Morgen: Hello, Peter. Please tell us something about yourself.
Peter: I’m a full-time author. I live just a few miles outside London with my cat. From my window we can see France and the Eiffel Tower (although there’s a chance it might be the Canvey Island oil refinery). I like long walks on the beach, and I have a weakness for flapjacks.
Morgen: I’ve never seen the Canvey Island oil refinery but I’d like a view like that if it looks like the Eiffel Tower. 🙂 You write full-time, how did you come to be a writer?
Peter: I became a writer when it suddenly dawned on me that this was how books got made. I was probably about four years old at the time. Forty something years later I’ve finally been published.
Morgen: How funny. I was an avid reader (of Stephen King) in my teens yet it never dawned on me either ’til my late thirties when I went to a creative writing evening class. I wrote my first short story and was hooked… I still am. You write self-help, how do you decide what to write about?
Peter: I write about subjects that are important to me – things that I’ve struggled with personally, where I’ve embarked on a personal quest to find ‘the solution’.
Morgen: What have you had published to-date?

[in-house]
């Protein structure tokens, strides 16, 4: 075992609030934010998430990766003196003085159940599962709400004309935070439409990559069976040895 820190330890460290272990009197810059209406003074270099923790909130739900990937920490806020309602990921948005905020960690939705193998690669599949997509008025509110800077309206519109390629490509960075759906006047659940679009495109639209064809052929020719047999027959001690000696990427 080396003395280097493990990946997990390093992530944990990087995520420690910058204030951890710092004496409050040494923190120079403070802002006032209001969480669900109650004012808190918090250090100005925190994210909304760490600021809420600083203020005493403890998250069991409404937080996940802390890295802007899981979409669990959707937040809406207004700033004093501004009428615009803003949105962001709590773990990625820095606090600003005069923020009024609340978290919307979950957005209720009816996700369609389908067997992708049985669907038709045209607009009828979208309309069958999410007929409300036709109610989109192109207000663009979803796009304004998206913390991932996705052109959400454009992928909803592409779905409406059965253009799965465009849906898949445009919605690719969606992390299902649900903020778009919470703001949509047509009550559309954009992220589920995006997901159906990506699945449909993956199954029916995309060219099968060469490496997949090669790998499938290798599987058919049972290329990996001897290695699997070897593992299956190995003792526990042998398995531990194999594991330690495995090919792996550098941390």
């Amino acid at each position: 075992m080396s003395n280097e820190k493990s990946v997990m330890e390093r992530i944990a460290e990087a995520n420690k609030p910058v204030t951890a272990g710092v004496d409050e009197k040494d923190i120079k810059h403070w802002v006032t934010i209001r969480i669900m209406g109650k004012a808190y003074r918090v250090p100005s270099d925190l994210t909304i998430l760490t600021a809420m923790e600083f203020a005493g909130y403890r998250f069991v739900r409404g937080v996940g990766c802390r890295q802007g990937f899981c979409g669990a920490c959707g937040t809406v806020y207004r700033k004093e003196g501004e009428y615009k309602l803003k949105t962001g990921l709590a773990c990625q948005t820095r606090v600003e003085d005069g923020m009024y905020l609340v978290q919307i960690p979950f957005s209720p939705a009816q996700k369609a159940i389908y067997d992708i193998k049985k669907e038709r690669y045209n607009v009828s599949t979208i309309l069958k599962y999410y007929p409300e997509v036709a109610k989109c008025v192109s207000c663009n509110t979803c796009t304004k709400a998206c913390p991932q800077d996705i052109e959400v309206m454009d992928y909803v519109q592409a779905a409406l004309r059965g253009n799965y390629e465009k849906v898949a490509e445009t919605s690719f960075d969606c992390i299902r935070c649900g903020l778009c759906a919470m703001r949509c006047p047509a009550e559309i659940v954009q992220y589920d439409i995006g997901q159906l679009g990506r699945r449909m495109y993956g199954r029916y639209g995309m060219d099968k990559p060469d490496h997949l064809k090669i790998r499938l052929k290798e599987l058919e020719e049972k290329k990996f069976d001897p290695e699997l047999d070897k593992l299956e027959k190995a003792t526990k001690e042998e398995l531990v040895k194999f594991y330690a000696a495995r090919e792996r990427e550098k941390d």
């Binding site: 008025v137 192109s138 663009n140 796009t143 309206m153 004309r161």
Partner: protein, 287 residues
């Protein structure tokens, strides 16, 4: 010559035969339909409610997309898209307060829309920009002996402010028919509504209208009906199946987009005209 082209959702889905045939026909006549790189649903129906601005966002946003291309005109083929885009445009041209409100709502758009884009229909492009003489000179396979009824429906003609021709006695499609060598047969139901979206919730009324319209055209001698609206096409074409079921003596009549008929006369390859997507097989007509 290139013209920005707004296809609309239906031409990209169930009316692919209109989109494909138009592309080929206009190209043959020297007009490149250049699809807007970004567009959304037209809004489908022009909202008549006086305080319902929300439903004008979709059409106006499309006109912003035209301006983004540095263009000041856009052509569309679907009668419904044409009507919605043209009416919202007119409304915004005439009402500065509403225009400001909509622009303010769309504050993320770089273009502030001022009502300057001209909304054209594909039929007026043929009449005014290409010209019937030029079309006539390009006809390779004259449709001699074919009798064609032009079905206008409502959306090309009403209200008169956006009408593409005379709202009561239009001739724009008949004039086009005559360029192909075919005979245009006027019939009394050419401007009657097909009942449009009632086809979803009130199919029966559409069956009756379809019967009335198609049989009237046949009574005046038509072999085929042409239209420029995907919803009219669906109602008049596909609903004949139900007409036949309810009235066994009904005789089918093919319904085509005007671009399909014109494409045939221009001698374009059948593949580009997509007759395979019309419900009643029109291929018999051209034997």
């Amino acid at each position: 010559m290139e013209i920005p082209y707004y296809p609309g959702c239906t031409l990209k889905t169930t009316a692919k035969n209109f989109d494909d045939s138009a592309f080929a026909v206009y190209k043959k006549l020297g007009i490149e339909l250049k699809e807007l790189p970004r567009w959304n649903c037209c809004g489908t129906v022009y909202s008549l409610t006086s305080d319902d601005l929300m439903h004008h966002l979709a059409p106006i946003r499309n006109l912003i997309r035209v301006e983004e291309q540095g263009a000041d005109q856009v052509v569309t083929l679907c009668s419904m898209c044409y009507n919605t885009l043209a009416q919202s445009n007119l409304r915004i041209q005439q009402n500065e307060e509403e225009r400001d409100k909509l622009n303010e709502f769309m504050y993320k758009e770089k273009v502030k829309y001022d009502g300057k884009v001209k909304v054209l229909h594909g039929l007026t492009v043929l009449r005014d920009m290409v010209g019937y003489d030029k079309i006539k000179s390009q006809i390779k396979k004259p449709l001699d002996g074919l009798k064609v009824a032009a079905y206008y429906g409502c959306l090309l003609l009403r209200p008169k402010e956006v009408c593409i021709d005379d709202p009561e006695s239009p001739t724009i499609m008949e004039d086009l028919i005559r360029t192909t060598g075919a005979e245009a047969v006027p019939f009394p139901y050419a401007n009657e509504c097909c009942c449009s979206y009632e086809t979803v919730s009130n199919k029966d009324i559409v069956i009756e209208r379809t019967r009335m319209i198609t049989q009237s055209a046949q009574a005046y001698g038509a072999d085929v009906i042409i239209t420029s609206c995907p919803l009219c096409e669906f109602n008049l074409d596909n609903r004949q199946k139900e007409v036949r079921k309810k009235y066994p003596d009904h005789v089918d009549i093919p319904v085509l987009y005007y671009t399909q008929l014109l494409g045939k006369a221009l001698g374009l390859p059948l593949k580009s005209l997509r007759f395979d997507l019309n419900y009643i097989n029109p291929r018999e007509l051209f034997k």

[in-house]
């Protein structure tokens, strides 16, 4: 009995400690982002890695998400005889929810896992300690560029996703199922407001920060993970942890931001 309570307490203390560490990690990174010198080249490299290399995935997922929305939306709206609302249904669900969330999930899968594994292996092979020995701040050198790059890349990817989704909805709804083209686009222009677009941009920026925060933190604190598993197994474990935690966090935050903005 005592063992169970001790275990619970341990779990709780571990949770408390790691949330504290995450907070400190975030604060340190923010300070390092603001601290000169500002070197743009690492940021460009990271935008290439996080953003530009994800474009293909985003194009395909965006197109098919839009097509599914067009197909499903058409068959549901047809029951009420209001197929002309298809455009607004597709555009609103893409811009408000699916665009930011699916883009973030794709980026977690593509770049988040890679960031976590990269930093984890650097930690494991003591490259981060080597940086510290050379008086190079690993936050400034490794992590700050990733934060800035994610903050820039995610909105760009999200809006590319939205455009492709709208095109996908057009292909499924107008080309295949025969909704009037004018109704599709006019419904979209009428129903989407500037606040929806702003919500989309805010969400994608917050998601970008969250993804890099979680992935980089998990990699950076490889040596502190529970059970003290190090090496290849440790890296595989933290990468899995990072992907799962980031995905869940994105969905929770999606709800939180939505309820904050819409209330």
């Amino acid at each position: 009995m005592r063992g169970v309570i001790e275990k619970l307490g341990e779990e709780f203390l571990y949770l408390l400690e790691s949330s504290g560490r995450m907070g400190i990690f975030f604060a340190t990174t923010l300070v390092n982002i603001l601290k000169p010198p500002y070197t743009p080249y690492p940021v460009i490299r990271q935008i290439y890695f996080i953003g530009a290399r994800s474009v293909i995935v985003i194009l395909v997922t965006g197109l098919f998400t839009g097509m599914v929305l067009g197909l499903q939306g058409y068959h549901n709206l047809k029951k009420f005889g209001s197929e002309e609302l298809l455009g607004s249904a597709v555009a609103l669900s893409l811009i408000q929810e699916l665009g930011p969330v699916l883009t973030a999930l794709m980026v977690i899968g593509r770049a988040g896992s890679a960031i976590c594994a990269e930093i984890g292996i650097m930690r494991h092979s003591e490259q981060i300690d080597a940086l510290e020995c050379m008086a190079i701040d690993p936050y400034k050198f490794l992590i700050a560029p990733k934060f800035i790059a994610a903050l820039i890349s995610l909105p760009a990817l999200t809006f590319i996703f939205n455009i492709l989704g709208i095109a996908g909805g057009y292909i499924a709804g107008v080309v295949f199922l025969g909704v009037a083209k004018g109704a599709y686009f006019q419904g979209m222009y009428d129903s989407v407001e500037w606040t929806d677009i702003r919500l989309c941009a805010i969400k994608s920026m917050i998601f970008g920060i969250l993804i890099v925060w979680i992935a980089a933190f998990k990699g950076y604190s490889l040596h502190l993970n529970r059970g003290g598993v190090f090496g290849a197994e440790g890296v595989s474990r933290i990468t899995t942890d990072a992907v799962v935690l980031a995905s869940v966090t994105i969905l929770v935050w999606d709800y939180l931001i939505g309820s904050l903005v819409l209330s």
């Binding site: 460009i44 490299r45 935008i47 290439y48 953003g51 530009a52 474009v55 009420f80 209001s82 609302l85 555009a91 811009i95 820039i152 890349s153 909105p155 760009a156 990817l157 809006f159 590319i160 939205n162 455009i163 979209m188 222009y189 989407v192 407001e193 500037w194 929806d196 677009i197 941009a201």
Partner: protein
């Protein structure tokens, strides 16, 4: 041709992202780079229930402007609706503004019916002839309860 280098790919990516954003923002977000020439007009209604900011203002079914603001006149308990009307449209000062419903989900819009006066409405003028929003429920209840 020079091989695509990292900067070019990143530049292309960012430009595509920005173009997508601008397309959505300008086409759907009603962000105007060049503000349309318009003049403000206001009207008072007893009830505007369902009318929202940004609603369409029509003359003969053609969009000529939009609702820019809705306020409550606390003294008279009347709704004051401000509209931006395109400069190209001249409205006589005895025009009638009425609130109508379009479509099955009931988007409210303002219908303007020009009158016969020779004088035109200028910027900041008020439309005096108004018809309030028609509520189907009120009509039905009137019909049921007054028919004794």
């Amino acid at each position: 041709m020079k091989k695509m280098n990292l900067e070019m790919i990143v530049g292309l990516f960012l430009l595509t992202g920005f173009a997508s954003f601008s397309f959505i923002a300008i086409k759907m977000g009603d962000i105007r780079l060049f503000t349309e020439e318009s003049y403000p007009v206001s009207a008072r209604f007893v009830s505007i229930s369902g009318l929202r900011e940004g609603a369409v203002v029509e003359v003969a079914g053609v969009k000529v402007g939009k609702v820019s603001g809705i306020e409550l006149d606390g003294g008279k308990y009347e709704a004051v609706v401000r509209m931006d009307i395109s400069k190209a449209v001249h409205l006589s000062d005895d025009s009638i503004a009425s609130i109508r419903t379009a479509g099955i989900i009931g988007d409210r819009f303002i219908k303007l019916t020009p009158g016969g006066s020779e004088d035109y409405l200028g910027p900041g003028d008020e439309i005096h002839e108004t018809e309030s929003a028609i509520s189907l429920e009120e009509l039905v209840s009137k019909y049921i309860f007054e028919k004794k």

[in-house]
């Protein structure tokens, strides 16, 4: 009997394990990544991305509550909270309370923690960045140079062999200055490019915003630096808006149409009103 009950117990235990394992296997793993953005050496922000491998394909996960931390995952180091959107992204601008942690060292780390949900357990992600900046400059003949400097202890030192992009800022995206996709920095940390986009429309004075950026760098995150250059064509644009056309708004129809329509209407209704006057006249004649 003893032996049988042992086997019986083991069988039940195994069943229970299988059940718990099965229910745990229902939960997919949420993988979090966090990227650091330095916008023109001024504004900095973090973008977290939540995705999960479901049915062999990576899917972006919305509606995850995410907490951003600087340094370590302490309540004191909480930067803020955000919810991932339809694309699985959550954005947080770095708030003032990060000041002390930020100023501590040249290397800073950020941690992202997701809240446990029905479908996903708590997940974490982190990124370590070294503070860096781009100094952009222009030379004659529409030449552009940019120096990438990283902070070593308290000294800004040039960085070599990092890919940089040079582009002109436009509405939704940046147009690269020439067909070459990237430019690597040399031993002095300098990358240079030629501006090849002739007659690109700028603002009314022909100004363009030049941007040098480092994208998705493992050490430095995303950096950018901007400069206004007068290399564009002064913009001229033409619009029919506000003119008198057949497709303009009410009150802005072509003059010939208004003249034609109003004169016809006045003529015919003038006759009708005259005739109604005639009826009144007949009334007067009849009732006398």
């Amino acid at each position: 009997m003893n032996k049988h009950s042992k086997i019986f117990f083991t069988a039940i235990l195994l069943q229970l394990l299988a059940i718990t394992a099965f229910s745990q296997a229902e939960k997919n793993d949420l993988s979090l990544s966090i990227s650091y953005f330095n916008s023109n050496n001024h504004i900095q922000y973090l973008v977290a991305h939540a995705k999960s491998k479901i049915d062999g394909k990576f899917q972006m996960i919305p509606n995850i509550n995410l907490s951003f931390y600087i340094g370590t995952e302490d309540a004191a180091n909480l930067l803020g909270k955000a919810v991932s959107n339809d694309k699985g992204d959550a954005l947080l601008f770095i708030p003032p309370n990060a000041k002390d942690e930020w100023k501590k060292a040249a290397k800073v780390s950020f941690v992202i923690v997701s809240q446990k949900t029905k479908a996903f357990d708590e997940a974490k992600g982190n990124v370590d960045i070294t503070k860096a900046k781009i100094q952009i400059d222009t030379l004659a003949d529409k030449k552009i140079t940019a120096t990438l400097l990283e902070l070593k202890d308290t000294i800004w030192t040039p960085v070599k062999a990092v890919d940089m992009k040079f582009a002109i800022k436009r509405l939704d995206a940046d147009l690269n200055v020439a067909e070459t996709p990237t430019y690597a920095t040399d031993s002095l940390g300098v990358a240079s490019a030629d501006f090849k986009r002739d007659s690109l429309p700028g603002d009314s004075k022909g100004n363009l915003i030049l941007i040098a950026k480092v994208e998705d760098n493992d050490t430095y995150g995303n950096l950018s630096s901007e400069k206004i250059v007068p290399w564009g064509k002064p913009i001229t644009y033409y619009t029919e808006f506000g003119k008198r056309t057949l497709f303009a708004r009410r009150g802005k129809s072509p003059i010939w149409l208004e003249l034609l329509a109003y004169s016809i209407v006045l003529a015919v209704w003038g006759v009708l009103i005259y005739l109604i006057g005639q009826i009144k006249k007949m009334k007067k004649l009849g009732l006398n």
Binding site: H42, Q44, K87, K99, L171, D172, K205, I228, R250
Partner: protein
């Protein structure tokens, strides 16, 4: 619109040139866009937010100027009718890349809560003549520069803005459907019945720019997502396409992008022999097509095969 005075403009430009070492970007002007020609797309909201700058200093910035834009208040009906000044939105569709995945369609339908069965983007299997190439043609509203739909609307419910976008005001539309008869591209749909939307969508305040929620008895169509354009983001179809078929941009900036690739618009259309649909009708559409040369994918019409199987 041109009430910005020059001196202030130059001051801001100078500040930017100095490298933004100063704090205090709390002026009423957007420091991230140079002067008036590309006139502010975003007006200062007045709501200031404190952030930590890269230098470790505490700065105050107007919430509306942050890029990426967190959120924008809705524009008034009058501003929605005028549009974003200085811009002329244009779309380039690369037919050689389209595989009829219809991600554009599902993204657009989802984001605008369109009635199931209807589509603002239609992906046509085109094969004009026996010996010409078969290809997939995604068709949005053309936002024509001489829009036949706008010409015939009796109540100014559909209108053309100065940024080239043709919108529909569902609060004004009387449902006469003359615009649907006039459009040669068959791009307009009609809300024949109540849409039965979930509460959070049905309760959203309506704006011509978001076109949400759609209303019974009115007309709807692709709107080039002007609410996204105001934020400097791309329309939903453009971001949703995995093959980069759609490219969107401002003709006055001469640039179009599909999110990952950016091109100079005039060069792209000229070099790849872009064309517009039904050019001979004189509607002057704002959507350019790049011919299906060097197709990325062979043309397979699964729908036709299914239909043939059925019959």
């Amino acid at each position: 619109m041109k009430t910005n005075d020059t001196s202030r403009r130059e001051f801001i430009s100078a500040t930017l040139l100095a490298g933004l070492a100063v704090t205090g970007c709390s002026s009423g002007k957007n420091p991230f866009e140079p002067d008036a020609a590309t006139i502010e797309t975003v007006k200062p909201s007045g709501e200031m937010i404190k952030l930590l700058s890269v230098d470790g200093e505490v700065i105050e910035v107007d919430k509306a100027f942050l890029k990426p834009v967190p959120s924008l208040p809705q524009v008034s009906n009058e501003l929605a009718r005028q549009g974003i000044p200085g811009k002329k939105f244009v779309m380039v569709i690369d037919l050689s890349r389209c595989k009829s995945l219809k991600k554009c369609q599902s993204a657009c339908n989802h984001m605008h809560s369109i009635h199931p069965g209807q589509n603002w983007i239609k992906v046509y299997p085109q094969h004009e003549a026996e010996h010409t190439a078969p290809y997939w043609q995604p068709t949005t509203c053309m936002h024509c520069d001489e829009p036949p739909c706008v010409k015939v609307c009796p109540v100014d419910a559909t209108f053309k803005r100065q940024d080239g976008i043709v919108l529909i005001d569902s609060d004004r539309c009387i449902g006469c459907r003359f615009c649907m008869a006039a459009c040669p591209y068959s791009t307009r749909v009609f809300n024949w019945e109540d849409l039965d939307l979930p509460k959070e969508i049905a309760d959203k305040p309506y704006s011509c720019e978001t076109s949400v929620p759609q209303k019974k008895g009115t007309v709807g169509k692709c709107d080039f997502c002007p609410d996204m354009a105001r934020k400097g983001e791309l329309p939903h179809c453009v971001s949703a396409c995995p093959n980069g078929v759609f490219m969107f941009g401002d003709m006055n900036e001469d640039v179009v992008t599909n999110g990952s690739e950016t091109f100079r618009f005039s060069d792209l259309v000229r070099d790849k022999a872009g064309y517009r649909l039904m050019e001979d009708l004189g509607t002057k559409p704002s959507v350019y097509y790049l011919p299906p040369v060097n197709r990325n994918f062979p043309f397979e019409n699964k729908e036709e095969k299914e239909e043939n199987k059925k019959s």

Peter: My first book, How To Do Everything and Be Happy, was originally (self) published in February of 2011 as an ebook, and as a paperback a few months later. It did pretty well. So much so that audible (the world’s largest provider of audio books) offered me a book deal for a 2nd Edition of How To Do Everything and Be Happy, and two more books. That led, in a roundabout way, to a deal with Harper Collins, who republished the title as an ebook late last year, and rushed through a paperback which will be everywhere on the 17th of January 2013…
Morgen: So it’s everywhere now – great timing, and congratulations, I didn’t know audible commissioned new books. You learn something new every day, as the saying goes. So you originally self-published? What lead to you going your own way?
Peter: Gosh. Well, the short version is this: I wrote How To Do Everything and Be Happy by accident. As I was already in the process of hawking my (as yet unpublished) novel round to various agents (and having it thrown back in my face). I didn’t fancy going through the same painful process with my non-fiction. Kindle books were just taking off, so I thought, “How hard can it be? I’ll have a crack at putting it out there myself!” It turns out that ‘putting it out there’ wasn’t quite as simple as I initially thought. But I did it. Learnt a lot. And the rest you know.
Morgen: <laughs> You wrote How To Do Everything and Be Happy by accident? How did that happened?
Peter: Darn it. I knew I wasn’t going to get away with the short version.
Morgen: I can talk for England, so it’s only fair.
Peter: Not that long ago, before the days of conjuring words out of the air and rearranging them into an entertaining order, I worked in banking. Credit Card Banking.
I was a fix it man. An ideas man. Wealthy men would ask me how to make even more money with the tools they had at their disposal, and I would tell them. Though it pains me to admit it the ‘credit crunch’ is partly my fault – not my idea, but I was there, pulling the levers and pressing the buttons that made it happen.